A relatively unknown painter, Park Saeng-kwang, is being highlighted at a Daegu museum in an attempt to reassess the artist.
Although the artist’s name is not familiar to most of us, he is considered to have influenced many artists who came after him. Though he did not have any direct ties to minjung art -- a sociopolitical art movement that emerged in South Korea in the 1980s – he greatly influenced the movement, said the Daegu Art Museum’s chief curator, Lee Jin-myung.
Park Saeng-kwang‘s 1981 painting “Shamanism” (Daegu Art Museum)
Born in 1904, Park is largely known for the colorful paintings he produced during the latter part of his career, which incorporated traditional themes and folk elements and often touched on Buddhism and shamanism.
From 1920 to 1944, he studied and worked in Japan, where he also lived from 1974 to 1977.
Then, circumstances forced him to return to Korea.
“My father had to come back from Japan for my mother’s funeral. He was supposed to go back but we insisted he stay,” the artist’s son Park Jung said during a press conference held Monday at the National Museum of Modern and Contemporary Art’s main branch in Seoul.
Artist Park Saeng-kwang (Daegu Art Museum)
After his return to Korea, toward the end of his life, Park created shamanism-themed works in a unique style that utilized the traditional Korean color scheme known as obangsaek -- white, black, blue, yellow and red.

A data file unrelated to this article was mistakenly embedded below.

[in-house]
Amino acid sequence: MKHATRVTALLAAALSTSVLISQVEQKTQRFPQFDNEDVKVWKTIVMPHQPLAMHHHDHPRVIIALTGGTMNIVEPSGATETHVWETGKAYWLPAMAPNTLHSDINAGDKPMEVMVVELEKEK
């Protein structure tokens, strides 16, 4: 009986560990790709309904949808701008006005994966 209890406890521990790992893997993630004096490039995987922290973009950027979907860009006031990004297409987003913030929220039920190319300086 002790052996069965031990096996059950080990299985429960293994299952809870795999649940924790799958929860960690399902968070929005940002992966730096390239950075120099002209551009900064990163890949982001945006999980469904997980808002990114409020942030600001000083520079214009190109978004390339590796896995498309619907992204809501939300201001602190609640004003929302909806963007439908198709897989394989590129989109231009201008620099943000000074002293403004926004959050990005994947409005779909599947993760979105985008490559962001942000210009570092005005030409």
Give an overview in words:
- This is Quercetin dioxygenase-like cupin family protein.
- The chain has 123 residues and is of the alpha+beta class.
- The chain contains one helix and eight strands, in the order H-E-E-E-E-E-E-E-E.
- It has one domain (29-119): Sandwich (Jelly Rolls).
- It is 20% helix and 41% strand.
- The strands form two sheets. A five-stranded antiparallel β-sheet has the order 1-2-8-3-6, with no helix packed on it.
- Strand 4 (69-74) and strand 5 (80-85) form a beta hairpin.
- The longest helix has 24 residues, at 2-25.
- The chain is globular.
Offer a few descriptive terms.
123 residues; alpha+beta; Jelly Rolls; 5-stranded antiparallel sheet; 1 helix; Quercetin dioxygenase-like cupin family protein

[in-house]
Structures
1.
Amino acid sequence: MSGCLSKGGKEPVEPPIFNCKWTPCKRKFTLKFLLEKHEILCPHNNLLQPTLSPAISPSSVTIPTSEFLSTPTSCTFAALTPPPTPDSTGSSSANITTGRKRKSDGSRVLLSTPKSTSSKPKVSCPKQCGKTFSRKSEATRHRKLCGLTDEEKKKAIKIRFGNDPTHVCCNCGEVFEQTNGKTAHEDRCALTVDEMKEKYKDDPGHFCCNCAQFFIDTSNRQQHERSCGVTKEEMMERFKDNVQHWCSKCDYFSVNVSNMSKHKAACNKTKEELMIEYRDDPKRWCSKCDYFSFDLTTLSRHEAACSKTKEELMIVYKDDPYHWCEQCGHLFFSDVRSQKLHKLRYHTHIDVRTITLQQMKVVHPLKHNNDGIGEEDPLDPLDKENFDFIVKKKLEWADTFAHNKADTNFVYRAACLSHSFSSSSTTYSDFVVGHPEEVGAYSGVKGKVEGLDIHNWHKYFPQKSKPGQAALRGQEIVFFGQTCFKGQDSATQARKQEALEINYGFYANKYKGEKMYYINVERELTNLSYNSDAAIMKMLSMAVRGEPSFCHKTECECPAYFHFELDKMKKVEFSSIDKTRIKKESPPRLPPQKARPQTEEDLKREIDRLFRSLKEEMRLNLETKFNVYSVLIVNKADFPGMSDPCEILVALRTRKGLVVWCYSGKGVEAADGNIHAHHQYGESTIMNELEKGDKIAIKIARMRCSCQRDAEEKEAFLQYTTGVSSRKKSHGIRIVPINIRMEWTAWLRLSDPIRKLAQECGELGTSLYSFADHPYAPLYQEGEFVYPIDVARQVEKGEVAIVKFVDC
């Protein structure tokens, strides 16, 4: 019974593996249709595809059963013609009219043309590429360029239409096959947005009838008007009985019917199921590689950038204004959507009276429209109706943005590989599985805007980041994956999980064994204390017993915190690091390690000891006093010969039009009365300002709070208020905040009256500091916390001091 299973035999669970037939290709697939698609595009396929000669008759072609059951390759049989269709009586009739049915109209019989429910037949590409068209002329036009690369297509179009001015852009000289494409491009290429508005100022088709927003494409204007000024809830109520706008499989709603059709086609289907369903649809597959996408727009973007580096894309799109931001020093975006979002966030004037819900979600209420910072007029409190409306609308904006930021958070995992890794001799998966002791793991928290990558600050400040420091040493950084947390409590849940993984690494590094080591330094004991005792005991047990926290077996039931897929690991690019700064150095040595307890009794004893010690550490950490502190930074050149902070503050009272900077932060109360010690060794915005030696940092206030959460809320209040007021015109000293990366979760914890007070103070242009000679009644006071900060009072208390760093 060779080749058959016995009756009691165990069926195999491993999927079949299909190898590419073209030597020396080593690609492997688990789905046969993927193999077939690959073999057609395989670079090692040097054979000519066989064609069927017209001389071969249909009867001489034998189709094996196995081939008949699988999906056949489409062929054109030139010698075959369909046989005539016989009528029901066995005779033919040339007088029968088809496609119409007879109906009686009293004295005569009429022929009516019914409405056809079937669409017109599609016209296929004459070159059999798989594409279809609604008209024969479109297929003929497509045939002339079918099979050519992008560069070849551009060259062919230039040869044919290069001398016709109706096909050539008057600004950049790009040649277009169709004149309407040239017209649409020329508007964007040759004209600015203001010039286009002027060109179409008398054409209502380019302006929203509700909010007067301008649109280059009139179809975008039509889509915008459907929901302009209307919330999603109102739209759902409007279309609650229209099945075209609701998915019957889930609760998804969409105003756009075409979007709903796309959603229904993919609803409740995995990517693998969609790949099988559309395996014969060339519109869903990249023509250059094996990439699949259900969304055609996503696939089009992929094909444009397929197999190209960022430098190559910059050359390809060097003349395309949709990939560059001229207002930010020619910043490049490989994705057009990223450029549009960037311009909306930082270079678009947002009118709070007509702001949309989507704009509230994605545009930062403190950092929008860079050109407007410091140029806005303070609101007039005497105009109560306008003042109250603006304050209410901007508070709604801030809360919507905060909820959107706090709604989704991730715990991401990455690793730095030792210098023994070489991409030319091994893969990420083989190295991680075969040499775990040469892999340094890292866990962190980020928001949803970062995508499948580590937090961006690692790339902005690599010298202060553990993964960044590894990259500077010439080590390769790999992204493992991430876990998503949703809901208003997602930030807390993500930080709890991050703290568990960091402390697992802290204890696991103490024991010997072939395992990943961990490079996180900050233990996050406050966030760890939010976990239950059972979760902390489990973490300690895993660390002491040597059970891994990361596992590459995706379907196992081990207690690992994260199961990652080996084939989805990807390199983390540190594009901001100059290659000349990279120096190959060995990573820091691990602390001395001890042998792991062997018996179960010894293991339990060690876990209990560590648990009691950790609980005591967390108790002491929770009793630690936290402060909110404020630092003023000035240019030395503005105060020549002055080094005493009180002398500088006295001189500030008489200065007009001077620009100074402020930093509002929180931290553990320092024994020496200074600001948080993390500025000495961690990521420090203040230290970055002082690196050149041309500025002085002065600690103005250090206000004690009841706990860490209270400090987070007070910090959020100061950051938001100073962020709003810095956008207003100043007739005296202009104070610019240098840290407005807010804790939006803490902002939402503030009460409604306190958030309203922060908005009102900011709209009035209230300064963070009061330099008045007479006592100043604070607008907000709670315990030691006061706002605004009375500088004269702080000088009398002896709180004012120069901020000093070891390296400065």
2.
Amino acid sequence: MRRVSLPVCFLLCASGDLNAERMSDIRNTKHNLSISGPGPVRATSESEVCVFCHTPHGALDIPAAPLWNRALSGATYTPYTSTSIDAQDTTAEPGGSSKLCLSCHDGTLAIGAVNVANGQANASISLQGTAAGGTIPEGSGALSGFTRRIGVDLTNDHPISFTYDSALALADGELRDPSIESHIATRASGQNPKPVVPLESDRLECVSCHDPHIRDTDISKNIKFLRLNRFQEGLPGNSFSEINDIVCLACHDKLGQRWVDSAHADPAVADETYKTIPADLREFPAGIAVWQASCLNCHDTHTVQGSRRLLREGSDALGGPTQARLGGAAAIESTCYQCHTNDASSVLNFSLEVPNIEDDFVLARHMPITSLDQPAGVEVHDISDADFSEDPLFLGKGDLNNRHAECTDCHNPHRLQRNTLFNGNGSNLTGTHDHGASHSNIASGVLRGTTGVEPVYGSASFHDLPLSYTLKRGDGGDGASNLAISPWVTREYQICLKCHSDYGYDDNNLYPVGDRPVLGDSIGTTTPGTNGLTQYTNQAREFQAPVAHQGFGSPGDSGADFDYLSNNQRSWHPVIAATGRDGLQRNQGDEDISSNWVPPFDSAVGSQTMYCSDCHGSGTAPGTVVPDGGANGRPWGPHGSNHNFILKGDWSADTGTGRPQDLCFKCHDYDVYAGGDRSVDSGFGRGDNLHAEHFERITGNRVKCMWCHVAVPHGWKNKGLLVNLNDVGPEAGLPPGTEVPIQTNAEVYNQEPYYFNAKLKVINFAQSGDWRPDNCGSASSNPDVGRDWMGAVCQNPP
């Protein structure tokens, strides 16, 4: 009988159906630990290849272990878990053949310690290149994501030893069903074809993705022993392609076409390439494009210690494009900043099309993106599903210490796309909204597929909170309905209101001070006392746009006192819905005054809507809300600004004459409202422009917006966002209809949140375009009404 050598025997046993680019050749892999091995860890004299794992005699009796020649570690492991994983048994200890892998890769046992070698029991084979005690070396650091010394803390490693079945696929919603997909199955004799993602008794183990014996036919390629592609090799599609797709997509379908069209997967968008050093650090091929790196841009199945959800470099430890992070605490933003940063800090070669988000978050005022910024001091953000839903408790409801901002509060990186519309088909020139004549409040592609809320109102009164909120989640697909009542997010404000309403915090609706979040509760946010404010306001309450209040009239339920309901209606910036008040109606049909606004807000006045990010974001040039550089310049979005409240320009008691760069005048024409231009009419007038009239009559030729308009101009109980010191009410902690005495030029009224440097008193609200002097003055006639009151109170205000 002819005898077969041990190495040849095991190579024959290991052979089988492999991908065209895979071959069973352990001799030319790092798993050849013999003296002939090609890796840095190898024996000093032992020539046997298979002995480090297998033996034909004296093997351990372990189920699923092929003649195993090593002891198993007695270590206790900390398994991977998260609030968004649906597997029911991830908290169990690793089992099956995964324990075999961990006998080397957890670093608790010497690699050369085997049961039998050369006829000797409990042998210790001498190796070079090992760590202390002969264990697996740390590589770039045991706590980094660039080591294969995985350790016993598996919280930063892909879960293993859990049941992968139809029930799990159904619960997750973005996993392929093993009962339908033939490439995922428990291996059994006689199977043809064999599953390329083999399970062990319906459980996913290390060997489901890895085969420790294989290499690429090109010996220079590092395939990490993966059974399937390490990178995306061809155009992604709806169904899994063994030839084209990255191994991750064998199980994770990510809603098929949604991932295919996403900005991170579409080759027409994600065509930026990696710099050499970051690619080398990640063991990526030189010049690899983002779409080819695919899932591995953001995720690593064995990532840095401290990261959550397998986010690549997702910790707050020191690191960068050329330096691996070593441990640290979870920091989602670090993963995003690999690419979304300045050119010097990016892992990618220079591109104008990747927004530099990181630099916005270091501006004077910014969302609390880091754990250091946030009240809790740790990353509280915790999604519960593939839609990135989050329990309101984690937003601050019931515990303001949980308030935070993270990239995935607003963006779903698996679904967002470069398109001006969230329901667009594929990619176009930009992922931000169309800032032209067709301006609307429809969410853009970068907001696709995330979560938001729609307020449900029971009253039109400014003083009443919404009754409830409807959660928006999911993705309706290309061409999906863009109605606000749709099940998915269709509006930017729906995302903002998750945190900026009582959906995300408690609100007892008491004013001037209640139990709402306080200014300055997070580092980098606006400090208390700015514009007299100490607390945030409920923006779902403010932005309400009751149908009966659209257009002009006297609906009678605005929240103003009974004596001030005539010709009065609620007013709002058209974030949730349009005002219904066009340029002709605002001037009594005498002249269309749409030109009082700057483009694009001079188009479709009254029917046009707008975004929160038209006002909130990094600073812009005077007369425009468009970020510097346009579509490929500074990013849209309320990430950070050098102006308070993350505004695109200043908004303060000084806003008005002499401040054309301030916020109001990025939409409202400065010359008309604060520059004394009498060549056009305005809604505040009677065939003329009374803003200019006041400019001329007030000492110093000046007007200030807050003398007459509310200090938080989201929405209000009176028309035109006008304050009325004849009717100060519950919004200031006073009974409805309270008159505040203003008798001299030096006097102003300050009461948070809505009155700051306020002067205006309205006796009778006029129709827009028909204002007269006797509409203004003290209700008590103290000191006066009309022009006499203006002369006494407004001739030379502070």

“While he was alive, he would go out day and night to go after famous shaman Kim Keum-hwa, who passed away recently. He liked lotus and he liked dancheong,” Park’s son said. Dancheong refers to Korean traditional decorative patterns painted on wooden buildings.
The stylistic change the artist underwent late in life was a dramatic one, curator Kim Hye-jin said.
“I think he became more confident after he got a positive reception from the Japanese art community. By the time he returned to Korea, he was confident enough to try whatever he wanted to create,” Park’s son said.
Park was very much into traditions throughout his life, Kim also said. In addition to dancheong, he was also interested in animals symbolizing longevity found in traditional paintings.
Kim quoted Park as having said, “No people ever strayed from history. There is no art that departs from traditions. All art of the people is based on the traditions of those people.”
Park’s solo retrospective exhibition at the Daegu Art Museum comprises 162 works, ranging from those he created early in his career to his last painting.
“Nojeokdo” (1985) by artist Park Saeng-kwang (Daegu Art Museum)
The highlights of the exhibition include colorful paintings about shamanism and “Nojeokdo,” which translates into “Old Flute Player.” The unfinished painting was Park’s last work before he died of laryngeal cancer.
“The works show an old man on a boat -- very likely the artist himself -- playing a traditional flutelike instrument. Underneath the boat are human shapes. It is an expression of the man who knows he is on death’s doorstep yet appears free from earthly cares,” said the museum’s director, Choi Eun-ju.
The exhibition runs through Oct. 20.
By Shim Woo-hyun (firstname.lastname@example.org)